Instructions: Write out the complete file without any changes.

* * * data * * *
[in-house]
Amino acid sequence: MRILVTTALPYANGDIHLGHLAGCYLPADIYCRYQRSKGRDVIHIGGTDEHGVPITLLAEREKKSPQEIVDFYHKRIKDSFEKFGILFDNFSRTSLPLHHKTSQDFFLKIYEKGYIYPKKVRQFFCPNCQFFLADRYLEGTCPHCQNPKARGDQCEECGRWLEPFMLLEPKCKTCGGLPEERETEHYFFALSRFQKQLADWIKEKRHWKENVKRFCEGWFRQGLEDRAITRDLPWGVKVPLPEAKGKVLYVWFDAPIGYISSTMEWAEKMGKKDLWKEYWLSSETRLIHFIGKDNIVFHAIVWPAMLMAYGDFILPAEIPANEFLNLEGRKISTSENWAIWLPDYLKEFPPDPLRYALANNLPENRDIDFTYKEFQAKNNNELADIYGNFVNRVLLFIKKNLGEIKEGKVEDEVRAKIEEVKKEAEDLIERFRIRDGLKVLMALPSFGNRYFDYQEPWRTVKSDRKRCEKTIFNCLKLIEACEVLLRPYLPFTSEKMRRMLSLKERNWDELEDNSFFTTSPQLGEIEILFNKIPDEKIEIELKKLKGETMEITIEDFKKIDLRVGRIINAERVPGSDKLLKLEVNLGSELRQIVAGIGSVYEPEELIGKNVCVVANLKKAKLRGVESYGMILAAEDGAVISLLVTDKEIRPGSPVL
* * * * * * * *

[in-house]
Amino acid sequence: MRILVTTALPYANGDIHLGHLAGCYLPADIYCRYQRSKGRDVIHIGGTDEHGVPITLLAEREKKSPQEIVDFYHKRIKDSFEKFGILFDNFSRTSLPLHHKTSQDFFLKIYEKGYIYPKKVRQFFCPNCQFFLADRYLEGTCPHCQNPKARGDQCEECGRWLEPFMLLEPKCKTCGGLPEERETEHYFFALSRFQKQLADWIKEKRHWKENVKRFCEGWFRQGLEDRAITRDLPWGVKVPLPEAKGKVLYVWFDAPIGYISSTMEWAEKMGKKDLWKEYWLSSETRLIHFIGKDNIVFHAIVWPAMLMAYGDFILPAEIPANEFLNLEGRKISTSENWAIWLPDYLKEFPPDPLRYALANNLPENRDIDFTYKEFQAKNNNELADIYGNFVNRVLLFIKKNLGEIKEGKVEDEVRAKIEEVKKEAEDLIERFRIRDGLKVLMALPSFGNRYFDYQEPWRTVKSDRKRCEKTIFNCLKLIEACEVLLRPYLPFTSEKMRRMLSLKERNWDELEDNSFFTTSPQLGEIEILFNKIPDEKIEIELKKLKGETMEITIEDFKKIDLRVGRIINAERVPGSDKLLKLEVNLGSELRQIVAGIGSVYEPEELIGKNVCVVANLKKAKLRGVESYGMILAAEDGAVISLLVTDKEIRPGSPVL